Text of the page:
Magnus Carlsen’s aura of invincibility was dented on Wednesday for the second time this month when the world champion was defeated 8.5-7.5 in the final of the $14,000 Banter Blitz Cup by the tactical skills of 16-year-old Alireza Firouzja.

The teenager left his native Iran due to its policy of forbidding games against Israeli opponents, and now plays under the Fide global chess body flag. He has lived in Paris for several months, where his talent has blossomed to world elite levels.

His speciality is one-minute bullet chess, at which he beat Carlsen on 2 April in an informal first to 100 wins match. At very fast speeds manual dexterity is important, and some blamed Carlsen’s defeat on his using a mouse while Firouzja was quicker using finger touch.

Wednesday’s final was at Banter Blitz, where players comment verbally on their moves during the game. The time limit was three minutes per player per game, without the one-second or two-second per move increment which is normal for three-minute blitz. Again Firouzja was noticeably faster. He won two games on time and in another Carlsen escaped by checkmating with just 0.2 seconds to spare. While Carlsen kept up an articulate running commentary throughout, Firouzja, whose English is weaker, made fewer early comments and was usually ahead on time after the opening.

Carlsen was the heavy favourite following his impressive 9-0 semi-final win over the strong Russian Sanan Sjugirov, whereas Firouzja had struggled to defeat the Indian Srinath Narayanan 9-6. But in the final Firouzja was sharper, continually producing tactical tricks which rarely gave his opponent the classically controlled games where he dominates. If there is a historic parallel to this match, it would be the world title matches of 60-70 years ago where David Bronstein and Mikhail Tal also used their combinative ability to disrupt Mikhail Botvinnik’s strategic rhythm.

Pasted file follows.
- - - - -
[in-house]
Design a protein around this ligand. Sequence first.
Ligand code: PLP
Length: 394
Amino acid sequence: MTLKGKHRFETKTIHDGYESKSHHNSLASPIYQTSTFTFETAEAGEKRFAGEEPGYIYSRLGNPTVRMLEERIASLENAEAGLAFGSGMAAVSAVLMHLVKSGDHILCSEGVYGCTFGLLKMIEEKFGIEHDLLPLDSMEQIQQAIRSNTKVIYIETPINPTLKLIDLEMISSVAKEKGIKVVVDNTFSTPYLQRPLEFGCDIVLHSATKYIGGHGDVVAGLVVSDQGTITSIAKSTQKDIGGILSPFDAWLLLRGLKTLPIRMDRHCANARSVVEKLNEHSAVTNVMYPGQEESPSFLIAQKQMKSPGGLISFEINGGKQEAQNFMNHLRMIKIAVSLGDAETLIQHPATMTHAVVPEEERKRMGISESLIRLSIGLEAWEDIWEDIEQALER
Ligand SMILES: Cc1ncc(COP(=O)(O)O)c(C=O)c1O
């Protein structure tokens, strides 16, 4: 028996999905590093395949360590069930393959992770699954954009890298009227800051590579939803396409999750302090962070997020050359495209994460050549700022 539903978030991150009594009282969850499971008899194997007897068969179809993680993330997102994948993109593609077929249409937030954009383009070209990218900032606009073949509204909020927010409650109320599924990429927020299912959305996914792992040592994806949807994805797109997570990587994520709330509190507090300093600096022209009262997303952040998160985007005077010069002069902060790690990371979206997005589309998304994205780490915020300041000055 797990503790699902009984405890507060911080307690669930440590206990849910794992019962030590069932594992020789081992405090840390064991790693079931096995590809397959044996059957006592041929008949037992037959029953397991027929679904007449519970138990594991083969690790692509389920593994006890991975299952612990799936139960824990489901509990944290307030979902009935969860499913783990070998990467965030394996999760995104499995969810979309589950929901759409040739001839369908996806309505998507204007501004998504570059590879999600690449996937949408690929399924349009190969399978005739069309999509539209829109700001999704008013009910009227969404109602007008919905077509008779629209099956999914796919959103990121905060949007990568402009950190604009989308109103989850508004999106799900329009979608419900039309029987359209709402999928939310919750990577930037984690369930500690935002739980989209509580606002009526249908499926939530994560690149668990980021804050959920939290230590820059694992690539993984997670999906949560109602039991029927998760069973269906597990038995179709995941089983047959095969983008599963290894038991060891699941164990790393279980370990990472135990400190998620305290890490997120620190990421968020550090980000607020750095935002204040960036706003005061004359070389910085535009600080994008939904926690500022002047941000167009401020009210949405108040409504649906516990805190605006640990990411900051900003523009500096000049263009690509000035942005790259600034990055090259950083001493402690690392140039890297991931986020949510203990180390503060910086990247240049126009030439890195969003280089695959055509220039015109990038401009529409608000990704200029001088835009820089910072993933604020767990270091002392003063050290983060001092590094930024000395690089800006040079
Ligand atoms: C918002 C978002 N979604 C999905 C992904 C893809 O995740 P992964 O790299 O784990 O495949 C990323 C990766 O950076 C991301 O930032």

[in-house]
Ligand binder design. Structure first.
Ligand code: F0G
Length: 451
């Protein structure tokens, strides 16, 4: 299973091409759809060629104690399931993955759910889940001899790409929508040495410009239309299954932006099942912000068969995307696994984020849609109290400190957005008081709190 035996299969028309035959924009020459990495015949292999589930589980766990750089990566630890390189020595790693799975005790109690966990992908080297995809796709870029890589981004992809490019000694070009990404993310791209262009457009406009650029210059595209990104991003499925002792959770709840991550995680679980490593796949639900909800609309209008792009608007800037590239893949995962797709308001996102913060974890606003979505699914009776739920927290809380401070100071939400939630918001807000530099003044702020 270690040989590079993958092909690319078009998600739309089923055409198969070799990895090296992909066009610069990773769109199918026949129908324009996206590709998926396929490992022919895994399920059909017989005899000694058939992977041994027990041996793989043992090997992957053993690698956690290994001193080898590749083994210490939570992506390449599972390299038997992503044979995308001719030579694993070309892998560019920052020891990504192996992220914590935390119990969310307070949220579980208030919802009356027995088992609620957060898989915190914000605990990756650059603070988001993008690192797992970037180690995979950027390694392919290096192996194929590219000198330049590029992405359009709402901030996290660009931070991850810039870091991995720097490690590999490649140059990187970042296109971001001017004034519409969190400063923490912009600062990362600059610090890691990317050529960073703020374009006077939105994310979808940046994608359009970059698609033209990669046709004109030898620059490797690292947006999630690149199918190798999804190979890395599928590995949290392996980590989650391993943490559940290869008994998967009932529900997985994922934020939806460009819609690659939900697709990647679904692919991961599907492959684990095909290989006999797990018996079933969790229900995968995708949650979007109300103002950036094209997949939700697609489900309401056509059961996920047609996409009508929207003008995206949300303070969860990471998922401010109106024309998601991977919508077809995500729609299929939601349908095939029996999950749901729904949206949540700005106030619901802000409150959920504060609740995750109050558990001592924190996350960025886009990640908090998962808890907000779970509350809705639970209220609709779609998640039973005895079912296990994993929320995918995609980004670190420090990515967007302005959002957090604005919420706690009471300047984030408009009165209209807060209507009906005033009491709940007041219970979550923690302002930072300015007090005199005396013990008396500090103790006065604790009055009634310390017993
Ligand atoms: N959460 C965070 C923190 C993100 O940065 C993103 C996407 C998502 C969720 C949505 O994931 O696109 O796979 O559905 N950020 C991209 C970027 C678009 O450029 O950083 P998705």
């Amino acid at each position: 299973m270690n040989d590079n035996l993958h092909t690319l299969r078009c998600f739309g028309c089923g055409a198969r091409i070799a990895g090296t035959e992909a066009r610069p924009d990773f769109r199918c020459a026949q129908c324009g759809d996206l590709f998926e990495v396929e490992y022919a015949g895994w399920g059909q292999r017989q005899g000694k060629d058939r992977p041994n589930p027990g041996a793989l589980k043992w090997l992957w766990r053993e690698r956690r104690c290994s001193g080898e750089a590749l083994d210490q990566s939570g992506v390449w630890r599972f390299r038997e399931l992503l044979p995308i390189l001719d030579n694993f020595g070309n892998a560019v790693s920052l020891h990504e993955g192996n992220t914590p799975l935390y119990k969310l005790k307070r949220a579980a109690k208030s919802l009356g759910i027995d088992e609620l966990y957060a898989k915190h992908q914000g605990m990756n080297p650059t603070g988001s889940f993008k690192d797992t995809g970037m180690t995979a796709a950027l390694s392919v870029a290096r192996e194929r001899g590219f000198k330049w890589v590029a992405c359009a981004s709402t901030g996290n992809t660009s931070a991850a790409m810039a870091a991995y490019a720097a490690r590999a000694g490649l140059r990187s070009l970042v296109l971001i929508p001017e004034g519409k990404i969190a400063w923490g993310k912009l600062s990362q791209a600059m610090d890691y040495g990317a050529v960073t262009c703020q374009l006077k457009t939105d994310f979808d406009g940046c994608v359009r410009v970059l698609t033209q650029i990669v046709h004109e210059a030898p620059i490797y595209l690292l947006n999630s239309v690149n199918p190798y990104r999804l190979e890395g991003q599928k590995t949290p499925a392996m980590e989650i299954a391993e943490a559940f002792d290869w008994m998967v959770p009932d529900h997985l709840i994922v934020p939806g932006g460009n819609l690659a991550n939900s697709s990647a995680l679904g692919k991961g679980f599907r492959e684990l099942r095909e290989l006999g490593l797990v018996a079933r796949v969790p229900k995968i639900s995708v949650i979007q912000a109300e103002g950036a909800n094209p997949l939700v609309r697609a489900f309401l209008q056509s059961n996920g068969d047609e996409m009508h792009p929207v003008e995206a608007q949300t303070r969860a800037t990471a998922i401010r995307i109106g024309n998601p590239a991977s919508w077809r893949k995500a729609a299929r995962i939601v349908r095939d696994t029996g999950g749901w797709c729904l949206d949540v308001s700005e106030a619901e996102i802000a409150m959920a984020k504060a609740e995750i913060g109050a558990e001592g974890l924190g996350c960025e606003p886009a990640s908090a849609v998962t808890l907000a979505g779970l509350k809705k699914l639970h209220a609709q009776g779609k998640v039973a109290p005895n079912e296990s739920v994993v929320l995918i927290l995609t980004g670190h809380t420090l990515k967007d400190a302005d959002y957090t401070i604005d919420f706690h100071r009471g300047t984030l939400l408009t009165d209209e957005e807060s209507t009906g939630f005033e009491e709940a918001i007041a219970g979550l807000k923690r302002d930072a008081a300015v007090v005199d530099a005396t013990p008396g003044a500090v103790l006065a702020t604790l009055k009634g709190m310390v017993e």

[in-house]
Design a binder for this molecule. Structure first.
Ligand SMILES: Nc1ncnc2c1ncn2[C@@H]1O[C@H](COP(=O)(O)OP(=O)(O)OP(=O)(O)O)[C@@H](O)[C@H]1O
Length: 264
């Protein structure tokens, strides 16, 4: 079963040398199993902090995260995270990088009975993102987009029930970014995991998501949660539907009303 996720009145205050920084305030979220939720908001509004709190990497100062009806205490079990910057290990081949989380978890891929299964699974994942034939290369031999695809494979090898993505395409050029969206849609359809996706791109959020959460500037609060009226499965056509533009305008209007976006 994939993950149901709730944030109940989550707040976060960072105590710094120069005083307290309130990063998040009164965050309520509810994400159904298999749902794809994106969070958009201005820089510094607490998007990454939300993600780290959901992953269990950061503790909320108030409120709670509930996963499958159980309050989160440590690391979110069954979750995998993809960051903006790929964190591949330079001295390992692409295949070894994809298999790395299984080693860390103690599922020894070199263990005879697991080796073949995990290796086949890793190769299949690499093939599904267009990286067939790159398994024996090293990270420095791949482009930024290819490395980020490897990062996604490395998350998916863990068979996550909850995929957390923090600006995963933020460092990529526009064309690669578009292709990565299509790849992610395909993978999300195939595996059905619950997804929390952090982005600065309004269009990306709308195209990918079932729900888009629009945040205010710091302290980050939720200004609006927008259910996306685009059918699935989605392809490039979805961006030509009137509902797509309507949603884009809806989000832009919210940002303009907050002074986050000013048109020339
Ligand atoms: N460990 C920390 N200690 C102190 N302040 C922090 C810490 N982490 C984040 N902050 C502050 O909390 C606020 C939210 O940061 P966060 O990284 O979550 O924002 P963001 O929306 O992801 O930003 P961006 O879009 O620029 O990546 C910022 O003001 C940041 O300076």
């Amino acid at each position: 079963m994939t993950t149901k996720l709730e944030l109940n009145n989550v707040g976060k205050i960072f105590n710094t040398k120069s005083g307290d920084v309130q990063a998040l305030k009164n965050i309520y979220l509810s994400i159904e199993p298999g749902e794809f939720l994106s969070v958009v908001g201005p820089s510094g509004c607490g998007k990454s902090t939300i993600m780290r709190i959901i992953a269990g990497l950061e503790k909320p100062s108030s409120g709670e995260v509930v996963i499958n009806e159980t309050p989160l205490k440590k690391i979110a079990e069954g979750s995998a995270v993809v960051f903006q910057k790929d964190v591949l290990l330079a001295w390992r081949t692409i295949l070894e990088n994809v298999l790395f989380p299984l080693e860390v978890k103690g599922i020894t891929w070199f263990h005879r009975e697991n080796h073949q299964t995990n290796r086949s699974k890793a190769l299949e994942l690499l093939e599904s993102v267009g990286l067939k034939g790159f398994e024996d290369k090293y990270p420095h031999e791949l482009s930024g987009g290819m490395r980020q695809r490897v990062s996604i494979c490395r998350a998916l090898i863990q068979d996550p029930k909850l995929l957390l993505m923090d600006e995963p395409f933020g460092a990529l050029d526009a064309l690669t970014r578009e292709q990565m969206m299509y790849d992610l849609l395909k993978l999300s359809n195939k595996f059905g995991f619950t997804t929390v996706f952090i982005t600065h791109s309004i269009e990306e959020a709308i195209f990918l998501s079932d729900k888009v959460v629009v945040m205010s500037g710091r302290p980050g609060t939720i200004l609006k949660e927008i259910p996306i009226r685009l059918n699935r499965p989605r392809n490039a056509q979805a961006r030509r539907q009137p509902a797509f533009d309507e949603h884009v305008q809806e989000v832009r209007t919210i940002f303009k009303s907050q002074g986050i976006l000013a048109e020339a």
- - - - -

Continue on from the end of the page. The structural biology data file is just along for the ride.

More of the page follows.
This weekend sees the start of the $250,000 Magnus Carlsen Invitational, the richest ever online tournament and planned as a showpiece for the world champion’s skills. After the events of 2 April and this Wednesday, however, the Invitational has suddenly become a battlefield for survival for its originator.

One can excuse Carlsen’s defeats at bullet and blitz as significantly an effect of the playing conditions and time limit which favoured Firouzja, but the Invitational has rapid time controls, 15 minutes per player per game plus a 10 seconds per move increment.

Back in December Firouzja had Carlsen close to defeat at the World Blitz and won the silver medal behind Carlsen in the World Rapid, but next month at Wijk aan Zee at slower time limits the established elite defeated the teen. Four months further on, and Firouzja is clearly improving as fast as Bobby Fischer or Garry Kasparov did in their teenage years. So the stakes will be high at the Invitational and especially next Monday. Another success for Firouzja and much of the chess world will view him as the heir apparent to Carlsen’s throne.

First round pairings starting at 3pm this Saturday, are Carlsen (Norway) v Hikaru Nakamura (US) and Firouzja v Ding Liren (China), followed on Sunday by Fabiano Caruana (US) v Ian Nepomniachtchi (Russia), Maxime Vachier-Lagrave (France) v Anish Giri (Netherlands). Monday at 3pm is a time to remember as Carlsen and Firouzja meet over four rapid games.

3667: 1…Nf3+! draws. If 2 exf3 Qxf1+! 3 Kxf1 stalemate draw. The game ended 2 Kg2 Qxe2+! 3 Bxe2 stalemate draw. If 2 Kf2 Qe1+ 3 Kxf3?? (3 Kg2) loses to Qxf1 mate. Instead 1…Nh3+? loses to 2 Kh2! Qxf1 3 Qh7+ Kg4 4 Qh4 mate. The position comes from The Complete Chess Swindler by David Smerdon (New in Chess, £21.95), an entertaining and pragmatic guide by An Australian GM in the art of rescuing lost positions.

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